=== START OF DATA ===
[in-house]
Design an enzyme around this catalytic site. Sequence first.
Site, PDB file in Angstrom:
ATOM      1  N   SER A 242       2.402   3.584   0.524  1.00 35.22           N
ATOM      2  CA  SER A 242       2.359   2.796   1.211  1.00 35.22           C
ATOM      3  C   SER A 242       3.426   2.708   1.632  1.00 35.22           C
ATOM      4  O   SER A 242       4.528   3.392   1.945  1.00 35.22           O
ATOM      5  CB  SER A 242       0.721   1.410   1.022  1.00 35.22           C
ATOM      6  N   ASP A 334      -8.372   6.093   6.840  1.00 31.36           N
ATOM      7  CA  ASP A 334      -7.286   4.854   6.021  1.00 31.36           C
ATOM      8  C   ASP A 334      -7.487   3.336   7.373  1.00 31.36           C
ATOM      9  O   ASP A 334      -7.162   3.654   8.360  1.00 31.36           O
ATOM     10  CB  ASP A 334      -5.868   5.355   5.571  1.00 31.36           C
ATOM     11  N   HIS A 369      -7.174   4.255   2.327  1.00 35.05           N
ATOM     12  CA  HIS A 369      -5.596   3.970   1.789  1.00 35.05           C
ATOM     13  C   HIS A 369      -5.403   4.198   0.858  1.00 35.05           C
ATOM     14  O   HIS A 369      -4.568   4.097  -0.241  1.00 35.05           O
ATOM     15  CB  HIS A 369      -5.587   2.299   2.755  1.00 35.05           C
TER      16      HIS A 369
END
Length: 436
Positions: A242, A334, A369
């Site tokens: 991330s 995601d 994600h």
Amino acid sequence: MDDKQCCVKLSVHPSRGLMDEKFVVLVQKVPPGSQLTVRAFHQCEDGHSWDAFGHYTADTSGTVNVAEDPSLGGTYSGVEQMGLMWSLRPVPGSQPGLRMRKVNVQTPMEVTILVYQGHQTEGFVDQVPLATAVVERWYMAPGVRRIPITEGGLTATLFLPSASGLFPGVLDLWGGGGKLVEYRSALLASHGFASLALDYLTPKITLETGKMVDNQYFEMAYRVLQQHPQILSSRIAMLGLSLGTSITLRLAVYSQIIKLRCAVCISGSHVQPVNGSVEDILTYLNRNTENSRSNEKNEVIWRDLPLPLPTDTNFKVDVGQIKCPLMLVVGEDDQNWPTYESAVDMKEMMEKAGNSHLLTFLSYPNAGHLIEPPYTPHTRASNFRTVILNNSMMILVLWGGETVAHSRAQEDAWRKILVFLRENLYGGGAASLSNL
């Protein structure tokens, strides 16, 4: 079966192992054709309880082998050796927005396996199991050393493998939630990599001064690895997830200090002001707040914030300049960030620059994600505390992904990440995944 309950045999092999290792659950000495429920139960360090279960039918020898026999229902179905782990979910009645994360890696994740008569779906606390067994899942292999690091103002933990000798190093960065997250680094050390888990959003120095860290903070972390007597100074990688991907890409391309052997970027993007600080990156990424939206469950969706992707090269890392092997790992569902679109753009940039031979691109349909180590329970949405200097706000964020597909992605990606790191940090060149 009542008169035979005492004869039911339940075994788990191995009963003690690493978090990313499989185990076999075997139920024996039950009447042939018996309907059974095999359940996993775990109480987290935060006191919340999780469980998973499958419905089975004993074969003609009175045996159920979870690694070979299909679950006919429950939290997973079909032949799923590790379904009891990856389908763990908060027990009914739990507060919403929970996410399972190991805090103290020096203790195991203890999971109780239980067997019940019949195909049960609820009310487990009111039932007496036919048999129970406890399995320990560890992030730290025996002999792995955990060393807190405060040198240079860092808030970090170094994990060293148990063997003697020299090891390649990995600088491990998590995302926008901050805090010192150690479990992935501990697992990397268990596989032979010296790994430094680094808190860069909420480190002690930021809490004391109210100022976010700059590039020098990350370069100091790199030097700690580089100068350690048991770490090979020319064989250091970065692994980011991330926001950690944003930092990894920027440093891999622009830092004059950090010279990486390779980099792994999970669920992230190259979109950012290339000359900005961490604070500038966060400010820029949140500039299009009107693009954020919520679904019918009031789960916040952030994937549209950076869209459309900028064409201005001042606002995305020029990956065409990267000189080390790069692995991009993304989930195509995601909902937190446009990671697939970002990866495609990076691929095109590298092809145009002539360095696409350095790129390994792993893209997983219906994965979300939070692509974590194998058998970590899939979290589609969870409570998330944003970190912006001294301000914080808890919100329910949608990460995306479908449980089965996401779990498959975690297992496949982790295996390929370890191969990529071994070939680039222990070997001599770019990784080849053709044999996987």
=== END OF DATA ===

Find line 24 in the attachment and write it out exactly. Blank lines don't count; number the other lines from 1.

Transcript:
Amino acid sequence: MDDKQCCVKLSVHPSRGLMDEKFVVLVQKVPPGSQLTVRAFHQCEDGHSWDAFGHYTADTSGTVNVAEDPSLGGTYSGVEQMGLMWSLRPVPGSQPGLRMRKVNVQTPMEVTILVYQGHQTEGFVDQVPLATAVVERWYMAPGVRRIPITEGGLTATLFLPSASGLFPGVLDLWGGGGKLVEYRSALLASHGFASLALDYLTPKITLETGKMVDNQYFEMAYRVLQQHPQILSSRIAMLGLSLGTSITLRLAVYSQIIKLRCAVCISGSHVQPVNGSVEDILTYLNRNTENSRSNEKNEVIWRDLPLPLPTDTNFKVDVGQIKCPLMLVVGEDDQNWPTYESAVDMKEMMEKAGNSHLLTFLSYPNAGHLIEPPYTPHTRASNFRTVILNNSMMILVLWGGETVAHSRAQEDAWRKILVFLRENLYGGGAASLSNL